The state also could reduce or rescind car tab and electric vehicle fees, and tap Climate Commitment Act dollars to fill the gap. He also suggested lower-income households receiving a Working Families Tax Credit be provided a one-time bonus payment to offset higher energy costs.
“A billion dollars can buy a lot of infrastructure and it can provide a lot of incentives and we are calling on the Legislature to use that money wisely to move us toward lower transportation costs,” he said.
The cap-and-trade program, a component of Washington’s Climate Commitment Act, puts a price on emissions which the state hopes will motivate large industrial polluters, such as oil refineries and energy utilities, to reduce their emissions. Washington has a goal of erasing fossil fuel emissions statewide by mid-century.
Nine months into the program, the cost of those allowances is soaring, and regulated businesses are making consumers share in the financial burden.
This shows the law is working and regulated companies are taking it seriously, Mann argued.
“The higher settlement prices have had an impact on gas prices because oil companies are no longer able to use our skies and our waters to pollute for free,” he said “There is a cost to that.”
Sen. Mark Mullet, D-Issaquah, on Wednesday, released proposed legislation to modify compliance schedules in the law for companies and align the auction price of allowances with California where they are about half as expensive. He said it would achieve the same climate goals with less economic pain for residents.
“The climate crisis is real, and the investments made possible by the [Climate Commitment Act] in clean energy, green jobs, and protecting folks from pollution are important,” Mullet, who is running for governor in 2024, said in a statement. “It’s clear the CCA could use some work to lower the impact it’s having on gas prices and help the families and small businesses who are feeling the hit.”
His bill also would establish a remittance program for farmers to provide them cash or credits to cover compliance costs they incur. He, too, would use the higher-than-anticipated revenues to lower car tabs statewide for two years.
A ‘broken’ law
Sheri Call, president and CEO of the Washington Trucking Associations, expressed concern the coalition’s ideas could reduce a source of dollars for maintaining the state’s highway system and result in truckers getting tapped to make up the difference.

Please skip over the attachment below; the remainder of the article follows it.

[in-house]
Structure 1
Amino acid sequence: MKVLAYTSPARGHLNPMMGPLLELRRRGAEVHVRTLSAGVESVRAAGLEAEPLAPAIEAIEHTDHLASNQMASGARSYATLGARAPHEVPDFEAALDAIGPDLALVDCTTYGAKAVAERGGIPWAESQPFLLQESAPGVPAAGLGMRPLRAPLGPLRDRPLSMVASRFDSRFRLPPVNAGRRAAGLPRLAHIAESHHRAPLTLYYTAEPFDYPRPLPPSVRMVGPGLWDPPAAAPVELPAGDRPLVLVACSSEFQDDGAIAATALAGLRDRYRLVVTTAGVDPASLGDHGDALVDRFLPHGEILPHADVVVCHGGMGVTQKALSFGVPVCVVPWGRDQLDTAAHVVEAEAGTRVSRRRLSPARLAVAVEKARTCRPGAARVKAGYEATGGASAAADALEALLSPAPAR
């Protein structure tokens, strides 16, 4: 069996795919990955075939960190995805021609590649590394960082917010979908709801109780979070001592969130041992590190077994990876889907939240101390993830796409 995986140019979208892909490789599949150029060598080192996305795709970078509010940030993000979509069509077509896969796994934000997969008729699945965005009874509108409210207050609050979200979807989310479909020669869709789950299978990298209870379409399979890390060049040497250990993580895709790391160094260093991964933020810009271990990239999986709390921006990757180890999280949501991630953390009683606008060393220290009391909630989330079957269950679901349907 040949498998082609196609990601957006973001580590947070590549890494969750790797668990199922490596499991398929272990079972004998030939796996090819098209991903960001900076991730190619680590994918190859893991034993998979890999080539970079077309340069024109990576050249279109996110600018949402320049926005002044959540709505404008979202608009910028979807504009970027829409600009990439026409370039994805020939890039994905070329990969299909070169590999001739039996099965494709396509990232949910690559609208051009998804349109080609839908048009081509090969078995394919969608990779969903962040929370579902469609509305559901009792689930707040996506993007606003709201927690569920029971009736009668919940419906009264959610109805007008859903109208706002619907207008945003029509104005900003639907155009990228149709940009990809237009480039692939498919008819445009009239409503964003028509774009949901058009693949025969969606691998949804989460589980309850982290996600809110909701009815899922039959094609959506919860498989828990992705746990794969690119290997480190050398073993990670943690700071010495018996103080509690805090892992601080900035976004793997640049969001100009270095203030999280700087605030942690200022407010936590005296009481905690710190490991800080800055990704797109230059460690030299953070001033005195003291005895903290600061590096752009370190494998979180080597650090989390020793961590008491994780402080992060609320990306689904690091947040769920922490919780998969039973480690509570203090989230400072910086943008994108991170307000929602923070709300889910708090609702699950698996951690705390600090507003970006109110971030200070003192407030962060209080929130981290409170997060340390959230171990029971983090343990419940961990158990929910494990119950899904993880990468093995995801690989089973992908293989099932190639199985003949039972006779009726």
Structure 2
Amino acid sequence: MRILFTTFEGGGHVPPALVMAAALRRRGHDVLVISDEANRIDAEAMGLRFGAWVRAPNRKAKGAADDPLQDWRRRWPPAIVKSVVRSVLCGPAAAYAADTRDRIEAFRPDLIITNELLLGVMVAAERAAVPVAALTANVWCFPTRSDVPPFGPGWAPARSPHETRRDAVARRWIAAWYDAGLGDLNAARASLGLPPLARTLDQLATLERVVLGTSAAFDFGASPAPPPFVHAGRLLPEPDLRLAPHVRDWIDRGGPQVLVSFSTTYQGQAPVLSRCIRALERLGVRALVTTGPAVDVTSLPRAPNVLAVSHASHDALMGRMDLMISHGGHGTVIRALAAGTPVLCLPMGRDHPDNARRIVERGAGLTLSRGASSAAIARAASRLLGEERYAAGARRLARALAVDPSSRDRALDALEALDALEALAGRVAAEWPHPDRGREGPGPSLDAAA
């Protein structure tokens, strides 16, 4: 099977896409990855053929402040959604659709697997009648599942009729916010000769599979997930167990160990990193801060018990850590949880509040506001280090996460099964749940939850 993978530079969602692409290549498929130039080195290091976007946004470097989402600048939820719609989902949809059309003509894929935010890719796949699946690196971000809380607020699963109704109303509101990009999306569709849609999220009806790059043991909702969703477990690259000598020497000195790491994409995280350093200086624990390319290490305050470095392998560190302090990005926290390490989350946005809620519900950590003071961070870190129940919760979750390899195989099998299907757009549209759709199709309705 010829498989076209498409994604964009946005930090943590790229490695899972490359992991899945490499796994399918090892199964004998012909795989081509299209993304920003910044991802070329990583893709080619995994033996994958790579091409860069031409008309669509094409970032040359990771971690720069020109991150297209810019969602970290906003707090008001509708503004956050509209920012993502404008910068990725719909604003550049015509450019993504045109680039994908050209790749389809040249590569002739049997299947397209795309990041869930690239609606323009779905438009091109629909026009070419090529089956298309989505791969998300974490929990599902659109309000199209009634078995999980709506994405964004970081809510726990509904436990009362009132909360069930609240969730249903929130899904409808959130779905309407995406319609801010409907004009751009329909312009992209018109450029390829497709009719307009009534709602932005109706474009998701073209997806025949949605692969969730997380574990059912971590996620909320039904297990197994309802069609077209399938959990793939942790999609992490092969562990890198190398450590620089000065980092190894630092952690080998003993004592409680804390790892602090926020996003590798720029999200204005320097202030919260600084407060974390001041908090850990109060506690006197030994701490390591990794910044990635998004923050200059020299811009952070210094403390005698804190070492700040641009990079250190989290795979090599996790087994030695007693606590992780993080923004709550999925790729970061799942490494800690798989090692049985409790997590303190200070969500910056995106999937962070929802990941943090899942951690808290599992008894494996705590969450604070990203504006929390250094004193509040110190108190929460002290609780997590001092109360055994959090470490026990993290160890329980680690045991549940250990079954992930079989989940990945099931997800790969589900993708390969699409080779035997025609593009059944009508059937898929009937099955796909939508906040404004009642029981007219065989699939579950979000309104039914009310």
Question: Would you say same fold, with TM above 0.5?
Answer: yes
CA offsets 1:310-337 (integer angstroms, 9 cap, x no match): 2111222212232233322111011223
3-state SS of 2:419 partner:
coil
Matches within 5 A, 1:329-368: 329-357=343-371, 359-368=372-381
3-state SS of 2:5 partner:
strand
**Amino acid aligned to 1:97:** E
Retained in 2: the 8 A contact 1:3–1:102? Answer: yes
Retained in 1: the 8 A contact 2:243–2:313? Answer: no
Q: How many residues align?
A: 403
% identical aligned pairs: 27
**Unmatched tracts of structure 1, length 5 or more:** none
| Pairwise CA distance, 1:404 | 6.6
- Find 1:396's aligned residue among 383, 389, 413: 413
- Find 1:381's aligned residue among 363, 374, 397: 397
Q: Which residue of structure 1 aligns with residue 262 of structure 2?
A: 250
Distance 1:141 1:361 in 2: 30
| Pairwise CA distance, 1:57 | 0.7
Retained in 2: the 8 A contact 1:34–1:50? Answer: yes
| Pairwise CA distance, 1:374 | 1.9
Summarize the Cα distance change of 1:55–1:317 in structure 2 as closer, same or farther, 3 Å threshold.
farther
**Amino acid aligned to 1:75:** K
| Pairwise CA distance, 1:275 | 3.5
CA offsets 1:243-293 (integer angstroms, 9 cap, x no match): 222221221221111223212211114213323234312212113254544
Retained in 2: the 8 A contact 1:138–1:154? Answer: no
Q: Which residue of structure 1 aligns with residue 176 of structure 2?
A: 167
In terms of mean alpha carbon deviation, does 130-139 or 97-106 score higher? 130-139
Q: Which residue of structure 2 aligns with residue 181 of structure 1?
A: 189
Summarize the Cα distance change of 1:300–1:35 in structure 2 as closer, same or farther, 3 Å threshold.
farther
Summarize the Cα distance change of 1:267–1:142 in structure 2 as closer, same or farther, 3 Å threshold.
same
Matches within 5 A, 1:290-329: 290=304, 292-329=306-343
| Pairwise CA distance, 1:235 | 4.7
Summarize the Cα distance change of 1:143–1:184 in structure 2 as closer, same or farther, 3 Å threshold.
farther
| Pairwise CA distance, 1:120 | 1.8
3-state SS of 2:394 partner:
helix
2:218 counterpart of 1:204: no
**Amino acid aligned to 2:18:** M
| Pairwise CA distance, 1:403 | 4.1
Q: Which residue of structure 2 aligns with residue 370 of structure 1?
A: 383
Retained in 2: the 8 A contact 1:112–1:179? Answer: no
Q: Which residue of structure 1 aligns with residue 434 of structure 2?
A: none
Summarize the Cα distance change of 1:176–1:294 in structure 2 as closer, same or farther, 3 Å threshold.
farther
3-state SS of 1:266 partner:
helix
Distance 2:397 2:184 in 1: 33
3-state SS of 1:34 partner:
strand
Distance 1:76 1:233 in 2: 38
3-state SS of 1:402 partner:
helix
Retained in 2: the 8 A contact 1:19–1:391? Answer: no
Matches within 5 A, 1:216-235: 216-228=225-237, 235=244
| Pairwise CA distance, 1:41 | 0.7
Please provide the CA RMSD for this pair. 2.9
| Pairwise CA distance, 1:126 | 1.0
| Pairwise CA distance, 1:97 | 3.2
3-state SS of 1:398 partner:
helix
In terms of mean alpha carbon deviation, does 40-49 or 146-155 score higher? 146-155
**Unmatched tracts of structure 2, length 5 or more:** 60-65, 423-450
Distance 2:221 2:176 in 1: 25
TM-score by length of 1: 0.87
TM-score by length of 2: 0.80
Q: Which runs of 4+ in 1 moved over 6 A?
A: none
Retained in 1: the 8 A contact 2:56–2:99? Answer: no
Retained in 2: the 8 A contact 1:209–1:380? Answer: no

“Speaking on behalf of an industry that already feels like it’s in a chokehold with the highest fuel prices in the nation, we can’t take anymore and do not look forward to being asked to ante up to meet highway obligations when a large chunk of the CCA money that is committed to the transportation budget is dedicated to alternative transportation,” she wrote in an email.
Todd Myers, environmental director at the Washington Policy Center, a conservative think tank, said the climate law “needs a pretty significant overhaul” beginning with an easing of the aggressive emission reduction targets that drive up allowance prices. That leads to higher fuel, natural gas and electricity bills, he said.
“The Climate Commitment Act is broken,” he began in an email.
And using the auction proceeds to try and boost electric vehicle sales is not going to clean up Washington’s air, he said.
“Of all the ways to effectively cut emissions at a reasonable cost, more money for $58,000 cars is probably one of the worst,” he said.
Paula Sardinas, founder of the nonprofit Purpose Driven Girl and member of a state panel helping draft a transportation electrification strategy for Washington, joined Mann at the news conference to push for “pocketbook incentives” including for electric vehicle sales.
“We know that people are complaining that the gas prices are hurting. We’ve got billions of dollars with more coming in,” she said. “Those dollars need to be returned to seven million Washingtonians in a way that they can talk about and feel at their kitchen table.”
Reporter Laurel Demkovich contributed to this report.